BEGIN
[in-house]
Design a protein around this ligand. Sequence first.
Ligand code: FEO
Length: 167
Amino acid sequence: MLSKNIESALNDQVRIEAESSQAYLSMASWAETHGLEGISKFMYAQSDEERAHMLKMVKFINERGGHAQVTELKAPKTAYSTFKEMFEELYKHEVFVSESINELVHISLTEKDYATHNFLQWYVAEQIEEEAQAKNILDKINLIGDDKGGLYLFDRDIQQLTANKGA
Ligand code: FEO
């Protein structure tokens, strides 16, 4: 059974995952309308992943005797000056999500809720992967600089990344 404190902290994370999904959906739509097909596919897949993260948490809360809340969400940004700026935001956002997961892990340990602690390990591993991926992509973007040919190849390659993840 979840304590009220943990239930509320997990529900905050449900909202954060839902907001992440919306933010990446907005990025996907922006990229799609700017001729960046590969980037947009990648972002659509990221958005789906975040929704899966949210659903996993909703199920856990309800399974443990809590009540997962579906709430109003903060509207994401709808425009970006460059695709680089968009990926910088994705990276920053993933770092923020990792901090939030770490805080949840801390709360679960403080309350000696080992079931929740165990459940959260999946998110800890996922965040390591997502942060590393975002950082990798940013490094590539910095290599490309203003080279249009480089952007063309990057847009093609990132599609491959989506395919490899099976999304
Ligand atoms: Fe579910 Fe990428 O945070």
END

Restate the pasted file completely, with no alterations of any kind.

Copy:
[in-house]
Design a protein around this ligand. Sequence first.
Ligand code: FEO
Length: 167
Amino acid sequence: MLSKNIESALNDQVRIEAESSQAYLSMASWAETHGLEGISKFMYAQSDEERAHMLKMVKFINERGGHAQVTELKAPKTAYSTFKEMFEELYKHEVFVSESINELVHISLTEKDYATHNFLQWYVAEQIEEEAQAKNILDKINLIGDDKGGLYLFDRDIQQLTANKGA
Ligand code: FEO
């Protein structure tokens, strides 16, 4: 059974995952309308992943005797000056999500809720992967600089990344 404190902290994370999904959906739509097909596919897949993260948490809360809340969400940004700026935001956002997961892990340990602690390990591993991926992509973007040919190849390659993840 979840304590009220943990239930509320997990529900905050449900909202954060839902907001992440919306933010990446907005990025996907922006990229799609700017001729960046590969980037947009990648972002659509990221958005789906975040929704899966949210659903996993909703199920856990309800399974443990809590009540997962579906709430109003903060509207994401709808425009970006460059695709680089968009990926910088994705990276920053993933770092923020990792901090939030770490805080949840801390709360679960403080309350000696080992079931929740165990459940959260999946998110800890996922965040390591997502942060590393975002950082990798940013490094590539910095290599490309203003080279249009480089952007063309990057847009093609990132599609491959989506395919490899099976999304
Ligand atoms: Fe579910 Fe990428 O945070």